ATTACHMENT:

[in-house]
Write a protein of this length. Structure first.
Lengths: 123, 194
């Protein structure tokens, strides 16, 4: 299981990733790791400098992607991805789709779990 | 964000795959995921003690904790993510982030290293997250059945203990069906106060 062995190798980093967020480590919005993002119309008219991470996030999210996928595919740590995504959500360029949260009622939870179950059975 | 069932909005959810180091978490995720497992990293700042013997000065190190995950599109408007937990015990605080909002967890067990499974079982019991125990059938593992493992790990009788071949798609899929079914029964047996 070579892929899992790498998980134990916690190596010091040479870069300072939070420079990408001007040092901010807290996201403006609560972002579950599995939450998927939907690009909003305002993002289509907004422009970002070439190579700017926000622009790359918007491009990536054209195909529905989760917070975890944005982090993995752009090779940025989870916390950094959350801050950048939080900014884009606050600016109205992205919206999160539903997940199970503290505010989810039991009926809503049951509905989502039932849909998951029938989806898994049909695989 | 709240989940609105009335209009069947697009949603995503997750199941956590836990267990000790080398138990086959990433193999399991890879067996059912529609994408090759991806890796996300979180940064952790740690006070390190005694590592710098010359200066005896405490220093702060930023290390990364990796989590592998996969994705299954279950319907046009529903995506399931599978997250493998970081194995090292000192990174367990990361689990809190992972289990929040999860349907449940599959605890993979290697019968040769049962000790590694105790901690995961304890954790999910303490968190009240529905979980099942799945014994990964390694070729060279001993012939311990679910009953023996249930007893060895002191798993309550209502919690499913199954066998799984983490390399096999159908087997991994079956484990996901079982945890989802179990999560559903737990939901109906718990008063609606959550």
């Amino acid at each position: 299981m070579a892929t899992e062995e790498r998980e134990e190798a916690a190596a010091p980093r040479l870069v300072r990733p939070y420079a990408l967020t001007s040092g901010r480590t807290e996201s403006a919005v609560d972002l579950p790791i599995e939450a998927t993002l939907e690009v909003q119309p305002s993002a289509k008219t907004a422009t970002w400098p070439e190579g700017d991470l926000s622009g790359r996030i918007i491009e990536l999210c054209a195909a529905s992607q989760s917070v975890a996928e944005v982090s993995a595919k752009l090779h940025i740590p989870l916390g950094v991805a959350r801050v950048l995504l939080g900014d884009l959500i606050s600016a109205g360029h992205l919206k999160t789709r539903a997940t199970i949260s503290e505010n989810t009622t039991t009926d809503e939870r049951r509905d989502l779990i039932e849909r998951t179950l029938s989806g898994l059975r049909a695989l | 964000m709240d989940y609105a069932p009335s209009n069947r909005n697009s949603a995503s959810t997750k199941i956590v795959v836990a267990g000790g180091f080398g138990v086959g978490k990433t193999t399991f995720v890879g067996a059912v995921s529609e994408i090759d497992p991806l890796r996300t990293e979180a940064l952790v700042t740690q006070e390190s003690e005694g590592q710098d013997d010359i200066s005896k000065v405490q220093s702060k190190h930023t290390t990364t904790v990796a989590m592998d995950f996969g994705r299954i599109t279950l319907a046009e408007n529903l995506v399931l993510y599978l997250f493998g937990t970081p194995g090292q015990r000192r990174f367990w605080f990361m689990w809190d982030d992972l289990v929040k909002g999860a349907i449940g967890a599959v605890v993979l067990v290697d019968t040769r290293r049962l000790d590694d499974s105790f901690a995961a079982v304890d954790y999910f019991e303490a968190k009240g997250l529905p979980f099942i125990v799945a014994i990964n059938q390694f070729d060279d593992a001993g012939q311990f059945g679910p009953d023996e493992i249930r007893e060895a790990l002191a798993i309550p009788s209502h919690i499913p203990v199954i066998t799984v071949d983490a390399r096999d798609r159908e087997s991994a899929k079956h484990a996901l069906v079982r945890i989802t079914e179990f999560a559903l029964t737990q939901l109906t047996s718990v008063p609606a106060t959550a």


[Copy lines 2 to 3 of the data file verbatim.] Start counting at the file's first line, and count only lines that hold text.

Write a protein of this length. Structure first.
Lengths: 123, 194